Today, Formula 1 racing is the pinnacle of motorsports. Championship drivers are treated like gods, automobile manufacturers gain massive profits based on the outcomes of their teams (more specifically their cars) in the races, and most technologies in the car you drive has trickled down from years of F1 R&D. For almost 20 years, F1 racing has also been one of the safest motorsports in terms of casualty rate. Not a single driver has died in a Formula 1 race since the late great Ayrton Senna in 1994.
While improved technology and better driver training has something to do with the increased safety, much of the credit has to go to Dr. Sid Watkins. An English neurosurgeon who served as the FIA’s chief medical delegate for more than 26 years. Starting his motorsport medical career in 1978, Dr. Watkins joined F1 when it was at its peak of driver injuries and deaths. But using his larger than life influence, he was the driving force behind many of the safety advancements in Formula 1 racing. A total of 36 drivers have died in F1 racing since its inception, but thanks to “The Prof’s” focus on minimizing driver injury risk, the sport has come a long way since the tragic deaths of Senna and Ratzenberger.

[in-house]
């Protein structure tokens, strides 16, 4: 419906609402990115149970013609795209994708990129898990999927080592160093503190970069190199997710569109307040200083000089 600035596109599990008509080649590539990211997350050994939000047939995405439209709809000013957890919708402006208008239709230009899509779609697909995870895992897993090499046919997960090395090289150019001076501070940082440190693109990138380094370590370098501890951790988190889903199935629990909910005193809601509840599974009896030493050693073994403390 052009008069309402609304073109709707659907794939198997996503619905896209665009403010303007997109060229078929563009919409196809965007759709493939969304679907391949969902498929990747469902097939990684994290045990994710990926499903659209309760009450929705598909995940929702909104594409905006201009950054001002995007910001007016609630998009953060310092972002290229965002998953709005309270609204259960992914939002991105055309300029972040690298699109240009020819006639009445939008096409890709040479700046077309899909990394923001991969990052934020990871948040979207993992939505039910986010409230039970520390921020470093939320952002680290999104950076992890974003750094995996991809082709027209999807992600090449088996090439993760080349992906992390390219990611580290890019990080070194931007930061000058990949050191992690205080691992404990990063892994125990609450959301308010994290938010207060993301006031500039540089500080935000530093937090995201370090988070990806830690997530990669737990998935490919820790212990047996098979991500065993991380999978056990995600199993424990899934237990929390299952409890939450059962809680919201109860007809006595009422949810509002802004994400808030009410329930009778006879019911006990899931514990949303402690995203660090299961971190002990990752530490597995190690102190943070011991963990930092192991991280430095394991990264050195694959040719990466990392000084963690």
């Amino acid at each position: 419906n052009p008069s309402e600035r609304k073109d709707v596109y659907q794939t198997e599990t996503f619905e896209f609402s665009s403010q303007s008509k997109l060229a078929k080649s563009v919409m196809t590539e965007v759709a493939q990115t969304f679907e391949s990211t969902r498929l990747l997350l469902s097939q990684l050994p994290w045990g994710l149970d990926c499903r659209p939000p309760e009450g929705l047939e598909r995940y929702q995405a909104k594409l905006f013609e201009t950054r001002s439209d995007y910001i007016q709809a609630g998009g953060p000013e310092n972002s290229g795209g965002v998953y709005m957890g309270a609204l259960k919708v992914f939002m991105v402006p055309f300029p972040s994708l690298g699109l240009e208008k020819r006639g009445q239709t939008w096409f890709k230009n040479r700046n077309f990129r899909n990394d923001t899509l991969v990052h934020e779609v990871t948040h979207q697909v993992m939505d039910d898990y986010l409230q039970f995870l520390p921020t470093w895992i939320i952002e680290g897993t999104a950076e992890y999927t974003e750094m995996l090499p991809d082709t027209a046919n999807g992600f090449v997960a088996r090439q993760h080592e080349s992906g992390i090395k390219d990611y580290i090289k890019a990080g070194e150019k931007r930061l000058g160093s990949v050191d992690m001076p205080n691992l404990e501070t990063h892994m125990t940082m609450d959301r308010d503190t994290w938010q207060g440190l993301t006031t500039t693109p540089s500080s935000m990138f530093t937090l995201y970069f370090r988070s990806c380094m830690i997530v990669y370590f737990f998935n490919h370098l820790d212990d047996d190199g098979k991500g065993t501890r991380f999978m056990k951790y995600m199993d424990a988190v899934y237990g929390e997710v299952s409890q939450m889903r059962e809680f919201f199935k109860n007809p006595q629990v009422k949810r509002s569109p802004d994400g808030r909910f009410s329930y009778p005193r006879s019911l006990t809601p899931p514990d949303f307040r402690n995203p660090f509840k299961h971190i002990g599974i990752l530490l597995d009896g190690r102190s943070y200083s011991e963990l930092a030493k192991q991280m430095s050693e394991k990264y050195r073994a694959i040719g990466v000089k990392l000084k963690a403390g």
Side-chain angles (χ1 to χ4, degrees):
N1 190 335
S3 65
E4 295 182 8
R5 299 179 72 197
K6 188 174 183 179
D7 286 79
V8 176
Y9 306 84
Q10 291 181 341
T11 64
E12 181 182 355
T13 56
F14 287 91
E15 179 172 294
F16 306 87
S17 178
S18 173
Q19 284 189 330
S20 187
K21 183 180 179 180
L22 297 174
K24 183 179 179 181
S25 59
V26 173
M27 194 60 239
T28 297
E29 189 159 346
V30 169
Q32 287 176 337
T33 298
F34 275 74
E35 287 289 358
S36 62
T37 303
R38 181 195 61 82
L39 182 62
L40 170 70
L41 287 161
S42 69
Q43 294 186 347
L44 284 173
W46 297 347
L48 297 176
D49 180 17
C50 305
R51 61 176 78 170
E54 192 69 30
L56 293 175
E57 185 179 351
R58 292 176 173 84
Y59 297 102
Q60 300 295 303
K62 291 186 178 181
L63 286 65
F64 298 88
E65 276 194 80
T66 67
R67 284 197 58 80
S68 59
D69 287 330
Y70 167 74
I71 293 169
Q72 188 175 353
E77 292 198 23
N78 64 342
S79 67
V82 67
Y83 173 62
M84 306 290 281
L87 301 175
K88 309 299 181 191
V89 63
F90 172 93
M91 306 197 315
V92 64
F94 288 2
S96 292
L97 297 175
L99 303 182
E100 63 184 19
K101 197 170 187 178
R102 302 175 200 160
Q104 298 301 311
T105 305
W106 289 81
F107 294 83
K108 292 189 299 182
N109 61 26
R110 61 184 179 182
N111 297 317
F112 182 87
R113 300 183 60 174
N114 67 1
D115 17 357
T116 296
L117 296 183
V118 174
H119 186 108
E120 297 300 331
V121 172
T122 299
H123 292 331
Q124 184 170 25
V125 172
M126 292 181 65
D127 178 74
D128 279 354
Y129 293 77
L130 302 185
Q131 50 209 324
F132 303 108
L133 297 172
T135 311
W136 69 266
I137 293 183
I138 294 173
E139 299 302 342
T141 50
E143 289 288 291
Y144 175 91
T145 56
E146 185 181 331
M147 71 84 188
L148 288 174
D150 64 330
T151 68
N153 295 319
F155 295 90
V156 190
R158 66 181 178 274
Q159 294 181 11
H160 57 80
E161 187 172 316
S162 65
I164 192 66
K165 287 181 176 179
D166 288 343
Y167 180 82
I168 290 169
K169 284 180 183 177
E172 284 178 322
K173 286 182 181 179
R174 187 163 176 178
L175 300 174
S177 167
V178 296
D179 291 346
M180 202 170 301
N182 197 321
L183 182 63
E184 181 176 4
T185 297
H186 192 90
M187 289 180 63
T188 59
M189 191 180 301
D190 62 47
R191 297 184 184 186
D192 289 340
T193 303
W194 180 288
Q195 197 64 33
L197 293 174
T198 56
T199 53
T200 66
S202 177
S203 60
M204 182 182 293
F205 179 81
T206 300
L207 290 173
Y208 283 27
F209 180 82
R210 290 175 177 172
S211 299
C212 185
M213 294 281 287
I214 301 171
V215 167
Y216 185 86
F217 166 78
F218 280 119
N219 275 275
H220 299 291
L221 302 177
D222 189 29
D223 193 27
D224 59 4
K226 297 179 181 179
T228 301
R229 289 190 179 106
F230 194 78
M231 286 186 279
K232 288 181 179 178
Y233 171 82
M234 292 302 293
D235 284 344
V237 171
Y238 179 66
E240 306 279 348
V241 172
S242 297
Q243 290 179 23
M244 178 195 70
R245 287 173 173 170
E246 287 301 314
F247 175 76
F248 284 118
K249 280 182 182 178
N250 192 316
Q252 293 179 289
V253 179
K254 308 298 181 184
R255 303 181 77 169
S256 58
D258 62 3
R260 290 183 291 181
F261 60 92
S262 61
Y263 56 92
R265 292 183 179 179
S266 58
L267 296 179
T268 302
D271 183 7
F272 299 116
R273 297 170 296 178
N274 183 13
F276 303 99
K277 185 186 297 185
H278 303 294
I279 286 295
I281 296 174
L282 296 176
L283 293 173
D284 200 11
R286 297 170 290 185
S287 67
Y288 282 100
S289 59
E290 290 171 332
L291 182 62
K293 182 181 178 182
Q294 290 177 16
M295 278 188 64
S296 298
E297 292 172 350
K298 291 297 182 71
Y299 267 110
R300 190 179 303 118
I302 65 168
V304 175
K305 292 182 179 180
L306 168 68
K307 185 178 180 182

Sid Watkins passed away last week with complications of cancer at the age of 84. Having given more than a quarter century of service to improving the safety of Formula 1, the doctor, professor, and icon Sid Watkins has saved more lives in the thrilling spectacle, than possibly can be counted. For that reason, we here at Mojo Motors would like to pay our respect to a true hero and car guy.
“Only a life lived for others is a life worthwhile” -Albert Einstein